What can you tell us about the rest of your cast?

 

Each of the actors had such a diverse background, and that is reflected in the final film. Really talented, really creative, and they nurtured and supported this project from the beginning. I am so grateful to everyone; Geno, Erin, Mike, Rocky, Neil, Emmi and everyone else. Even the actors in the smaller roles treated their characters seriously, which made them stand out instead of blending in like a prop. I was so fortunate for having the opportunity to work with such an inspiring group of artists.

 

A few words about the actual shoot and the on-set atmosphere?

 

I am a pretty laid back guy. You'll never see me "Kubrick" out on someone. I'll certainly get things on track if it starts to get too loose, which it always will at some point, but I make films because I love making films. If I had to yell and scream to get what I wanted, it wouldn't be fun anymore. If anything, the on-set atmosphere was a little more serious than I am used to. We had our fun, but the cast and crew were equally as dedicated as I was, and they all knew we were up against a lot of challenges. We kept it light, but every single person on the set was there to do the best job they could.

 

The $64-question of course: When and where will your movie be released onto the general public?

 

We are currently submitting to film festivals. So hopefully we'll start announcing screenings in the next month or two. Beyond that, it's all up to whether or not it speaks to a distributor or not. In either case, we'll have DVDs available to buy, and we're in talks with Tugg.com about possible theater showings. Information on DVDs, festivals, and theater showings will be kept up to date on our official website and our Facebook page.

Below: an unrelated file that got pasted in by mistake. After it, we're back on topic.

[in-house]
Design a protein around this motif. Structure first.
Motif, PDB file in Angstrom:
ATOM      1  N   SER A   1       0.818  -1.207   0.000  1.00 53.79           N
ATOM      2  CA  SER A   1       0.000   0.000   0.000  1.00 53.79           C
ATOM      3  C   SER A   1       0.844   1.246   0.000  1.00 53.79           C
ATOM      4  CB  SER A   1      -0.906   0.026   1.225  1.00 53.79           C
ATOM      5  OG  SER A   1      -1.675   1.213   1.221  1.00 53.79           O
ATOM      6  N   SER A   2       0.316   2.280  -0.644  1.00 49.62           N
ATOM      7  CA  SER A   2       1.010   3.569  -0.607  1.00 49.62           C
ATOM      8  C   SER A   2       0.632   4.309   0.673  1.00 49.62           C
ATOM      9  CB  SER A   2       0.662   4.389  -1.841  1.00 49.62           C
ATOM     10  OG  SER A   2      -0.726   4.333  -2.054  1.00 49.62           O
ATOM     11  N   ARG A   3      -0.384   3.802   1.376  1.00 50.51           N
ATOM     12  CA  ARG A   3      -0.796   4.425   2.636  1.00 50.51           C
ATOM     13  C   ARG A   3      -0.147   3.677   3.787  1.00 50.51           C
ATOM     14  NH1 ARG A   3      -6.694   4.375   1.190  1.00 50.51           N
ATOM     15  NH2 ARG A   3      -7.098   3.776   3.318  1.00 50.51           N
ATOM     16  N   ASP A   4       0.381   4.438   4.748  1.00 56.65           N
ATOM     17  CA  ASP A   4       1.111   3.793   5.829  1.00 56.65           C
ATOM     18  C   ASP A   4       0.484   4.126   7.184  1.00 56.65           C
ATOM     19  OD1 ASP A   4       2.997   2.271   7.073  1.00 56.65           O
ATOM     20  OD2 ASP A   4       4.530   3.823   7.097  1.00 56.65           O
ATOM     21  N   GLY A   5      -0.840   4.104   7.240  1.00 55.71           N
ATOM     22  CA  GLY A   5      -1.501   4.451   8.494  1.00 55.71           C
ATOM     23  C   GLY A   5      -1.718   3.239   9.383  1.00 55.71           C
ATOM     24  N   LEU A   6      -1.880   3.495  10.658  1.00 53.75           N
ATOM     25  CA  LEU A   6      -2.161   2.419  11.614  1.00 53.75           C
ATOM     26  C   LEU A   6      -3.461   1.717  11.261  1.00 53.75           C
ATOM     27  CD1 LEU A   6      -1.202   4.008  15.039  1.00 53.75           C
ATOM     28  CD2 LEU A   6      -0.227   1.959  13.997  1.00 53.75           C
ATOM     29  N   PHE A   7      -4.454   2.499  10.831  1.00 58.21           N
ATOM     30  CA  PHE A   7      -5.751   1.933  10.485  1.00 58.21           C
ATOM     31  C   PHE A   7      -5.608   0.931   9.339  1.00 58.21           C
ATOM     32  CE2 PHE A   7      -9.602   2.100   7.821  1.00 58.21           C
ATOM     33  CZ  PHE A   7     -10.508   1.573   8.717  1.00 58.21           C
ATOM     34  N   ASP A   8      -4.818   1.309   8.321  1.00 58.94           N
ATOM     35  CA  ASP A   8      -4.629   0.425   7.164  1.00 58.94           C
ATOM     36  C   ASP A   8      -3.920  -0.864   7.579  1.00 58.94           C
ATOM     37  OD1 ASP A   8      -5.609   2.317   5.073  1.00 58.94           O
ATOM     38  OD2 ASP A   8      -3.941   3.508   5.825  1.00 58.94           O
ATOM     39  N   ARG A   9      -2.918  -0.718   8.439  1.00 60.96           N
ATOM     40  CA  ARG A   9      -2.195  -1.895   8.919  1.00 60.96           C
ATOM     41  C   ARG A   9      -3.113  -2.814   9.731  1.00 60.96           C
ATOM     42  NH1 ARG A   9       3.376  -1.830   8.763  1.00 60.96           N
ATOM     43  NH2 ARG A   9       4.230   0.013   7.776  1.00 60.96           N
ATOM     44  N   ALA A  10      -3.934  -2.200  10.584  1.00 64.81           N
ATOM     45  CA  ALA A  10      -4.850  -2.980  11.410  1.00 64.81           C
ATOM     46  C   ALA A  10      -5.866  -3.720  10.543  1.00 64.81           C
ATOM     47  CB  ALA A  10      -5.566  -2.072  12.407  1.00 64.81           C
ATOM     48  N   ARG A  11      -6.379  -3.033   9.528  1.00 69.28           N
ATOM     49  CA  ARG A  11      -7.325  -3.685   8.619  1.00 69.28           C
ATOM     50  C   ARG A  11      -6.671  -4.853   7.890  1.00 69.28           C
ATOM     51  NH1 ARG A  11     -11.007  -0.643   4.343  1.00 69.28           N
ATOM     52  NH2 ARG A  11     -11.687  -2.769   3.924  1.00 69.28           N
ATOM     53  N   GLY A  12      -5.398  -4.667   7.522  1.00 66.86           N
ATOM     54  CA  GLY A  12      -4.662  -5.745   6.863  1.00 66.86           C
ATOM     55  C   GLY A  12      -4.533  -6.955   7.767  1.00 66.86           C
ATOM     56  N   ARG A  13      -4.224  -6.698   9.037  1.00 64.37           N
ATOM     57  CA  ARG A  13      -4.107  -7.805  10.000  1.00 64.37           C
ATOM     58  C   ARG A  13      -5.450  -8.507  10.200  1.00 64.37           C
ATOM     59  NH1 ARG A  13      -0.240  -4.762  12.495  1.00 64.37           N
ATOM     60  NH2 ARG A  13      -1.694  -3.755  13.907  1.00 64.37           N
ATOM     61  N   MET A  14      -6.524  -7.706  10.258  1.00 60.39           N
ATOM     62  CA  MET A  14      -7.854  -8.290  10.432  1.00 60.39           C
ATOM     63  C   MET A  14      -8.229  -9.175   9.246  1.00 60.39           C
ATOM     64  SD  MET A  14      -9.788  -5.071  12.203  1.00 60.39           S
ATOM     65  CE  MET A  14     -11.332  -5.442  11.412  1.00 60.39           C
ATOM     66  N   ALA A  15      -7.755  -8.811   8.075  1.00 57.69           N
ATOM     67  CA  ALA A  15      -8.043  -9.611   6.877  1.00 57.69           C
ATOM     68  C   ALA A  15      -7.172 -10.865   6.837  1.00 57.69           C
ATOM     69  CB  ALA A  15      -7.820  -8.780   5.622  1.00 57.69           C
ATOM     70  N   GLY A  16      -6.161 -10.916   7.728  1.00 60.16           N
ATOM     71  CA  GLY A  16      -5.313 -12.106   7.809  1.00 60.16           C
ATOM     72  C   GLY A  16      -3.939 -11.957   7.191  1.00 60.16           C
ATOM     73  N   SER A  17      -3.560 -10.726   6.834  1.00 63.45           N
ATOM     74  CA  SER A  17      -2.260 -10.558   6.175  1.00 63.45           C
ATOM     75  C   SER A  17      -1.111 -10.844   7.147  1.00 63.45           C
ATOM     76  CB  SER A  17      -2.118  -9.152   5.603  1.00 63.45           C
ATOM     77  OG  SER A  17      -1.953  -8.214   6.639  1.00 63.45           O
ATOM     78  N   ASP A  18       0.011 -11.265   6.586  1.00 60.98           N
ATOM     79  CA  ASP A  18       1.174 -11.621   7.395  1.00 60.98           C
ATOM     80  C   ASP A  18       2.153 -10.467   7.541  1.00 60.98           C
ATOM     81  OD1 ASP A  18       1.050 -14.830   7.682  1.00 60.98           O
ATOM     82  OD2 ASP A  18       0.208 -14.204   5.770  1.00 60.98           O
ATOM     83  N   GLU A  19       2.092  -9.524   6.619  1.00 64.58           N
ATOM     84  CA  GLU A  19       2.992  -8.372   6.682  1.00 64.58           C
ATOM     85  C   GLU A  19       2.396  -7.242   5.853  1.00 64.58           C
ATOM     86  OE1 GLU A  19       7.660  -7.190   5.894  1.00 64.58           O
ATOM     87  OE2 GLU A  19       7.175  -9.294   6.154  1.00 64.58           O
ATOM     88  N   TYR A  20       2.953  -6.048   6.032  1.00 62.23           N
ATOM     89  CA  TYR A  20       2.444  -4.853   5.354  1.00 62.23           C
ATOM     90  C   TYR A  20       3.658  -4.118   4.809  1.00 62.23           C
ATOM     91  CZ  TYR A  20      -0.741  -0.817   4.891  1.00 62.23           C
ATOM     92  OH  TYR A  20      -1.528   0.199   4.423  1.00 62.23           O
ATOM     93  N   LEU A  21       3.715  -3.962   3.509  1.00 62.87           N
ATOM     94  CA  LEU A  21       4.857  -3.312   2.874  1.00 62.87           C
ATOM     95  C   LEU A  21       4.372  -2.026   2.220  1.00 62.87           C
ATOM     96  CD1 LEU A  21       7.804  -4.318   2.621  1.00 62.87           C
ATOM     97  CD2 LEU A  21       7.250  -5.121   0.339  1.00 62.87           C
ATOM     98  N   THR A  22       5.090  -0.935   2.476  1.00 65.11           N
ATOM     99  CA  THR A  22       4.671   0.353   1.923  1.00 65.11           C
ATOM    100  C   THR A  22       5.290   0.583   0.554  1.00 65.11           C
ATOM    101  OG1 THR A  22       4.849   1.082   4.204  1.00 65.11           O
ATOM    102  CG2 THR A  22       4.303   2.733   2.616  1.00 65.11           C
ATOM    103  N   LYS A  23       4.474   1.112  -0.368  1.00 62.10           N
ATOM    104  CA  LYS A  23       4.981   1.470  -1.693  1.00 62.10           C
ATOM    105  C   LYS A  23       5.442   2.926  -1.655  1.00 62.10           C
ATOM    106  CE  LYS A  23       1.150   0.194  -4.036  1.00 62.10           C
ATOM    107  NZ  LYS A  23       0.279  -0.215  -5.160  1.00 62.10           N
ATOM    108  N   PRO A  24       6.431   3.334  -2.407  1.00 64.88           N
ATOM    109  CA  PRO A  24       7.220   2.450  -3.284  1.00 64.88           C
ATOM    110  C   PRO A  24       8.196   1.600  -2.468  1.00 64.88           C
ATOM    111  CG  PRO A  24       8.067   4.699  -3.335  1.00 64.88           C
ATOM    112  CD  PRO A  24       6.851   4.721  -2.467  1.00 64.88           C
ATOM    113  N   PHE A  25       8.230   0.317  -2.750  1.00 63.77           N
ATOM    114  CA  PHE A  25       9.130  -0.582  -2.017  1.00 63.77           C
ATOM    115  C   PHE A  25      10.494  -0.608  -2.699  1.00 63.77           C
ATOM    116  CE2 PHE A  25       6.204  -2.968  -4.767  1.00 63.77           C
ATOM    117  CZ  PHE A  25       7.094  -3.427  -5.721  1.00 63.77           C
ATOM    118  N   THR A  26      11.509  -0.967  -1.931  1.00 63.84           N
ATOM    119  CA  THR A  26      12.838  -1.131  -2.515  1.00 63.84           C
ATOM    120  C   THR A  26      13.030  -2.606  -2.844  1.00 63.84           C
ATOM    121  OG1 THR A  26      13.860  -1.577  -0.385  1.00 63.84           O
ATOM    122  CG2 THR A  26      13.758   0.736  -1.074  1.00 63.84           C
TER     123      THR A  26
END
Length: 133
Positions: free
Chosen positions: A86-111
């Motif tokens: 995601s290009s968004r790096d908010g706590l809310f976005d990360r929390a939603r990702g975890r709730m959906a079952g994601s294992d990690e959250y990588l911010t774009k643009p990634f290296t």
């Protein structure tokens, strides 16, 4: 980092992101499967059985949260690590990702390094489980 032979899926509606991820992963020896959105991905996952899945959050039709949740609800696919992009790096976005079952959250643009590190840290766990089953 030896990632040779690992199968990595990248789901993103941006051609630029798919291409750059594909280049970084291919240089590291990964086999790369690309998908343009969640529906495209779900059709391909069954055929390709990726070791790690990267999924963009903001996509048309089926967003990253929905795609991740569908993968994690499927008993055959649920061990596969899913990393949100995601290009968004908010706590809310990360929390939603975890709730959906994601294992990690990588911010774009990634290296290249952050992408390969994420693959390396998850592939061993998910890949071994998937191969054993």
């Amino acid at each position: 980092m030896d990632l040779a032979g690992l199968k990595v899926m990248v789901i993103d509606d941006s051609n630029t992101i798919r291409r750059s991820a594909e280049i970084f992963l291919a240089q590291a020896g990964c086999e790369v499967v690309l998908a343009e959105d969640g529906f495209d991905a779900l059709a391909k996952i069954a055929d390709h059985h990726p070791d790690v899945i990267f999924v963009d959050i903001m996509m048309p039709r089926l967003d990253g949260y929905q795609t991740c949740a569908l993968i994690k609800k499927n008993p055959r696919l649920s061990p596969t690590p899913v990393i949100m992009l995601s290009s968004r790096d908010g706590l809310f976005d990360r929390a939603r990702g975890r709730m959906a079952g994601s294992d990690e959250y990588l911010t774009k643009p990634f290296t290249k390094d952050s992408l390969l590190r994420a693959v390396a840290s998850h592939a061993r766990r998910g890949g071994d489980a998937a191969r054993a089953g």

You have recently also made the drama Transcendence. What can you tell us about that one? And how does it compare to Normal?

 

Transcendence was my first feature film. I shot Transcendence in 2005 and 2006 on DV cameras. With the usual laundry list of challenges, it took a little while to get Transcendence wrapped up. By the time it came to distribute, HD had fully taken hold, and festivals and distributors were not interested in narratives shot on DV. It was very disappointing given the work and dedication everyone put into the film, especially since we got good feedback on the story and acting. But technically, it just didn't stand up. I learned a lot on Transcendence about writing, directing, and producing. Everything that I learned I was able to put into Normal.

 

Nicholas P. Richards

What got you into filmmaking to begin with, and did you receive any formal training on the subject?

 

My good friend and cousin-in-law Michael R. Steinbeck introduced me to filmmaking. When we were in high school, he included me in some of his early short films. I started college with the intentions of becoming a music teacher. That didn't work out, so I needed to find a new path. Given my experiences with Mike I attended Madison Media Institute in Madison, WI. I got a great education there that has served me well, but it was not a film school. I learned how to run a camera and Final Cut Pro, along with a myriad of other media skills. Everything else film related I learned from doing it (or screwing up while trying to do it). Mike and I continue to work together on all of our films.